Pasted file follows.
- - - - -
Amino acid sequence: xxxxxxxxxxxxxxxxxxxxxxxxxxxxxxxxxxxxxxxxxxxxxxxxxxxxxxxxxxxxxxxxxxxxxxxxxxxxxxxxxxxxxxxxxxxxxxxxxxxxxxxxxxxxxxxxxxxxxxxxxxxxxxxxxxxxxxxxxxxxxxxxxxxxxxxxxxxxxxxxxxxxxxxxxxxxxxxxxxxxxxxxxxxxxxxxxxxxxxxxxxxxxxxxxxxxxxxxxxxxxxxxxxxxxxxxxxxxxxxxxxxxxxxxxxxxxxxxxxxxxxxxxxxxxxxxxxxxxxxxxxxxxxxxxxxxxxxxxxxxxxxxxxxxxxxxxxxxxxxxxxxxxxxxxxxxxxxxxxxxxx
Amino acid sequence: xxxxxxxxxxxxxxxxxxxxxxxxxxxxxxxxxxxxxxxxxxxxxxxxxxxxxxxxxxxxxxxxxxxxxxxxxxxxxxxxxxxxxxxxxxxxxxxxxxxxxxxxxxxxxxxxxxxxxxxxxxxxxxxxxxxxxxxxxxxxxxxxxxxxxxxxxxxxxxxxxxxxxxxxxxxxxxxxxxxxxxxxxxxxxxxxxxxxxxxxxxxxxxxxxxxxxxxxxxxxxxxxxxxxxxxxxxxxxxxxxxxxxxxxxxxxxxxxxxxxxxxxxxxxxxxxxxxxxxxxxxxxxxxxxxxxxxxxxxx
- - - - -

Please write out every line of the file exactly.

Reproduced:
Amino acid sequence: xxxxxxxxxxxxxxxxxxxxxxxxxxxxxxxxxxxxxxxxxxxxxxxxxxxxxxxxxxxxxxxxxxxxxxxxxxxxxxxxxxxxxxxxxxxxxxxxxxxxxxxxxxxxxxxxxxxxxxxxxxxxxxxxxxxxxxxxxxxxxxxxxxxxxxxxxxxxxxxxxxxxxxxxxxxxxxxxxxxxxxxxxxxxxxxxxxxxxxxxxxxxxxxxxxxxxxxxxxxxxxxxxxxxxxxxxxxxxxxxxxxxxxxxxxxxxxxxxxxxxxxxxxxxxxxxxxxxxxxxxxxxxxxxxxxxxxxxxxxxxxxxxxxxxxxxxxxxxxxxxxxxxxxxxxxxxxxxxxxxxx
Amino acid sequence: xxxxxxxxxxxxxxxxxxxxxxxxxxxxxxxxxxxxxxxxxxxxxxxxxxxxxxxxxxxxxxxxxxxxxxxxxxxxxxxxxxxxxxxxxxxxxxxxxxxxxxxxxxxxxxxxxxxxxxxxxxxxxxxxxxxxxxxxxxxxxxxxxxxxxxxxxxxxxxxxxxxxxxxxxxxxxxxxxxxxxxxxxxxxxxxxxxxxxxxxxxxxxxxxxxxxxxxxxxxxxxxxxxxxxxxxxxxxxxxxxxxxxxxxxxxxxxxxxxxxxxxxxxxxxxxxxxxxxxxxxxxxxxxxxxxxxxxxxxx